Observations From Egypt

Henry Richards | March 10, 2011

"Blak Lantern" Henry Richards

In mid- November, I was with my spouse wandering around (and around) Tahrir square and thereabouts, lost trying to find the Egyptian Museum. That led to an adventure and a story of high chicanery and  deception that was a living allegory for life in modern Cairo. I’ll tell it to you later. Right now, I have so many feelings about the recent events in Egypt that I have been at a loss to put them together. I’ll post a few here now. Read all you want, I’ll make more (including the living allegory, I promise).

My fellow Egyptians, ask not what Baksheesh your country can give to you–Ask…

One impact the revolt in Egypt has had on me is that I see the tradition of baksheesh very differently now than I did when I was constantly expected to pay for nothing or an imaginary service, or a service I didn’t want. Baksheesh means sharing the wealth. It’s not begging. It’s the principle that if you have, of course you’d want to give, so the only pressure on you is your own estimation of the generosity of your character, not your judgment of the neediness of the person asking baksheesh. (In writing this, I learned from my writing tools software that Word will autocorrect misspellings of Mubarak and Baksheesh, but does not know Tahrir from a pile of beans. Also, did you know that Baksheesh is a fair trade wine retailer in Sonoma and St. Helena, California?) In Cairo whenever well dressed men in suits, including plain-clothes security staff, asked for baksheesh, I would cringe. (Baksheesh in the far south, near Sudan, was a lot less prevalent and intrusive. Oh, the gentility of Southern folk everywhere). I know now that a tourist has a very hard time imagining the hardship of even the middle-class and barely middle class people in Egypt, let alone the poor.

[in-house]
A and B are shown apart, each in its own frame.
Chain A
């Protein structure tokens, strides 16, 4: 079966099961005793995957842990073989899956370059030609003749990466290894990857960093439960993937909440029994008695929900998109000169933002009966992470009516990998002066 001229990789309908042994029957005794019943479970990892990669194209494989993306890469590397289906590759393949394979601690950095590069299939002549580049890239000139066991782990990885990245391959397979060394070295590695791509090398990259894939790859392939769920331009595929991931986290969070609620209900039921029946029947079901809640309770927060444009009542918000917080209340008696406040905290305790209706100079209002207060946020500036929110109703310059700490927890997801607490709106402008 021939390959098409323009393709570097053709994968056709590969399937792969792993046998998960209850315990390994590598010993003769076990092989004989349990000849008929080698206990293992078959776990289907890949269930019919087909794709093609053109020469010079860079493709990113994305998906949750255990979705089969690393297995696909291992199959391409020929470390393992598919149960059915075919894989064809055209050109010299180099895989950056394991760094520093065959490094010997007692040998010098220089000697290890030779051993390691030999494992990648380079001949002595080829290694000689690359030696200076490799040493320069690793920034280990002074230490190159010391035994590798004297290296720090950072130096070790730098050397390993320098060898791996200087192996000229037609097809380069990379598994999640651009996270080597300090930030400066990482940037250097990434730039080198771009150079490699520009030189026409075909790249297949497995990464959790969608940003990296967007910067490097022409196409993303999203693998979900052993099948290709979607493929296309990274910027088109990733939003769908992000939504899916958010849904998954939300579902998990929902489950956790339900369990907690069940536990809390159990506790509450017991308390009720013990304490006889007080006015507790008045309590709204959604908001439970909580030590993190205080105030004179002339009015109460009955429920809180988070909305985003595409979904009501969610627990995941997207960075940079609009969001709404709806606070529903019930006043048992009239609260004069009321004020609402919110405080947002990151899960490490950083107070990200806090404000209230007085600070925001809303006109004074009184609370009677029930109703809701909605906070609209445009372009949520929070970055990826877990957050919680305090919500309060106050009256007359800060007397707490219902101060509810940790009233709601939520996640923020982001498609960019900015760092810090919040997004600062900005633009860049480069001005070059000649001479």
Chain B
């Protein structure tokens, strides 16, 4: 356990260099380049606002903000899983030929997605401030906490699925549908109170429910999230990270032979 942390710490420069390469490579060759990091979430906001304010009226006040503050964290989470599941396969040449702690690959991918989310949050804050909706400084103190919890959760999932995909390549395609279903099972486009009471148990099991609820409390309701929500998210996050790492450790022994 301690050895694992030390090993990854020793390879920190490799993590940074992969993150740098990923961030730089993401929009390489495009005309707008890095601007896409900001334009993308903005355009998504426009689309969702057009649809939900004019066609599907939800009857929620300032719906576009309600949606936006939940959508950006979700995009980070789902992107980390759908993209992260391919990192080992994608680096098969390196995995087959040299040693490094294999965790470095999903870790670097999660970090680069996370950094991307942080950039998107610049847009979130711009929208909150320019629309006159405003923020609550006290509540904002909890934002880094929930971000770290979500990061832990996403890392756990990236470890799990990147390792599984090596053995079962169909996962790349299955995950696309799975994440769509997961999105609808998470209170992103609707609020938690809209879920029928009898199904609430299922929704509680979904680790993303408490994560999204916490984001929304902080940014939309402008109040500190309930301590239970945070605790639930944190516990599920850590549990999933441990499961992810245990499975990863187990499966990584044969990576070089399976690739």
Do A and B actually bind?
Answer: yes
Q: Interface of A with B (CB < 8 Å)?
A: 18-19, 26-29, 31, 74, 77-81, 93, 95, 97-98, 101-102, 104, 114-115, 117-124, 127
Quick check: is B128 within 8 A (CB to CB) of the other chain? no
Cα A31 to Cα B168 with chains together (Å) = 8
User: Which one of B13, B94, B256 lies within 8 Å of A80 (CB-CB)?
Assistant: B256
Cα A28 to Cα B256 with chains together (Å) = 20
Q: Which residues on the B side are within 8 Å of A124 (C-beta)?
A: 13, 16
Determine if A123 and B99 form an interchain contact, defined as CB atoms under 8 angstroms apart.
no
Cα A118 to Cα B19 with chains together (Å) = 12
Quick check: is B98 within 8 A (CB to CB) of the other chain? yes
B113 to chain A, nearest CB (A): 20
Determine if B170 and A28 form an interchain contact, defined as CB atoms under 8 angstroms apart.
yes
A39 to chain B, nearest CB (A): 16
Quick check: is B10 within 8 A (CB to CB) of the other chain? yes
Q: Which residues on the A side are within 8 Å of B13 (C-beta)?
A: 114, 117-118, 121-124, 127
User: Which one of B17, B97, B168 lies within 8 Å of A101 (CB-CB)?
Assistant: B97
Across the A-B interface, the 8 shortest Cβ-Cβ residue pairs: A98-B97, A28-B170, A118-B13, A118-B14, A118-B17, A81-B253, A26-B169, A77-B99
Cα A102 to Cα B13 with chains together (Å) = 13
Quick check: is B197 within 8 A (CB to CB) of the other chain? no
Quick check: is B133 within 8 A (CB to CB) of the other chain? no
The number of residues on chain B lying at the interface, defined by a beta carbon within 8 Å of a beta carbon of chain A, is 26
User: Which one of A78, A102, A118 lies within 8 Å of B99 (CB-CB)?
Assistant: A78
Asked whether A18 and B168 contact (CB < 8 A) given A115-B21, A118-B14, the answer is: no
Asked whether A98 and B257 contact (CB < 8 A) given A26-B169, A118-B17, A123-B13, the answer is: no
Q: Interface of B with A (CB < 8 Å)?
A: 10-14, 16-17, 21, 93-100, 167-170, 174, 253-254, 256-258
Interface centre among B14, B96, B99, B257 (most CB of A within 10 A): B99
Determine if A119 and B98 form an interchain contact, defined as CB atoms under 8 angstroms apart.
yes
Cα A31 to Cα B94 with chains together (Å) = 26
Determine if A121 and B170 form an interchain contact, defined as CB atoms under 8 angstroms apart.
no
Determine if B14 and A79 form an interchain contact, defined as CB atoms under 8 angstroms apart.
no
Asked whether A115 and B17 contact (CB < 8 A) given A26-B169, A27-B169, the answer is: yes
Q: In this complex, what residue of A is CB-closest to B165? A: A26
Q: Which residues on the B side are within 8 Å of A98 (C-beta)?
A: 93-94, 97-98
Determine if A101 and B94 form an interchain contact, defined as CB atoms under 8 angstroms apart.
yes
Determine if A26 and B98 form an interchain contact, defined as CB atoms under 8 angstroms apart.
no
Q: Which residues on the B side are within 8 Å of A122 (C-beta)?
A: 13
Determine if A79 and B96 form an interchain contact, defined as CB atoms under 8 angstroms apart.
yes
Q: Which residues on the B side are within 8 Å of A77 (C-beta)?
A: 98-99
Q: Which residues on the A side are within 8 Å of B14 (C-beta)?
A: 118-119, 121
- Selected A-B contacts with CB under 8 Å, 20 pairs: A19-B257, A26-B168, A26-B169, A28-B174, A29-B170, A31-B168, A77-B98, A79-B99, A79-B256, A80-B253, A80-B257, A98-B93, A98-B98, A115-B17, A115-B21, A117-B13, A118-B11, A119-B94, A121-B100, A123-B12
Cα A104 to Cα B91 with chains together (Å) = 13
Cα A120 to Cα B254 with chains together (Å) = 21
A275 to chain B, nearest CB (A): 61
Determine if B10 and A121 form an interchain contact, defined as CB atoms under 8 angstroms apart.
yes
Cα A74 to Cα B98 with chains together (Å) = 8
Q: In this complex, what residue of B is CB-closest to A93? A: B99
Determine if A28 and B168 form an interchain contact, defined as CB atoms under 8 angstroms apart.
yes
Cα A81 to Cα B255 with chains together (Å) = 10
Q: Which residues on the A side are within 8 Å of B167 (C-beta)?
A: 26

True, there are tall leaning towers of eesh baladi (flatbread) at a great government-subsidized price in every small shop and street stall. But man does not live by bread alone. The life giving transfusion of meaning that a reality-based hope delivers to all aspects of one’s life are surely as foundational as material sustenance. And Mubarak was not subsidizing hope. He was subsidizing bread and (no, not circuses) slogans, and security for other people and other nations, but not for the Egyptians. After my weeks in Egypt in November, I was surprised (like everybody) about what happened to Egypt and Mubarak. I am shocked and happy that it means that there is now more of that reasonable hope in the same shops and mini-bazaars, albeit maybe with less bread and with higher prices.

The Cairo Express to Women’s Rights:

One amazing aspect of the Tahrir square footage was that it was largely absent of the regimented separation of the sexes. My wife and I a difficult time taking the subway from our overly fancy and ridiculously expensive, hotel to Tahrir Square. Most of that was the usual Idiots Abroad kind of comedy of errors, but with one Egypt-specific addition. We missed several trains because we were running alongside them trying to find a car that seemed gender appropriate for us, that is a car that was neither all male nor all female. I didn’t want to get on the all female car and hold my wife’s hand like a kindergartner on a field trip, to show I had the “ticket” of being with a woman, and not out to be a lech. We didn’t want to go on the all male car, where my wife’s very modest dress would be a provocation for some guy to stare at her as he wipes the drool off his chin. I am sure we looked like idiots to the locals and anyone who knew what the informal rules were. When we asked Egyptians, they all said to get on any car, although some cars are reserved for women (what?). It’s just a courtesy, not a Sharia law punishable by public flogging or doubling your baksheesh for a month, whichever the rapscallion is likely to find more distasteful. Putting aside neurotic conflict about the right car on the train, the leadership and participants in Tahrir are male and female. It seems that the camera-persons (I bet they’re all guys) found many shots of women leading the men. Of course, they were the kind of cheerleaders you’ll never see having a “wardrobe malfunction” at a Super Bowl half-time performance.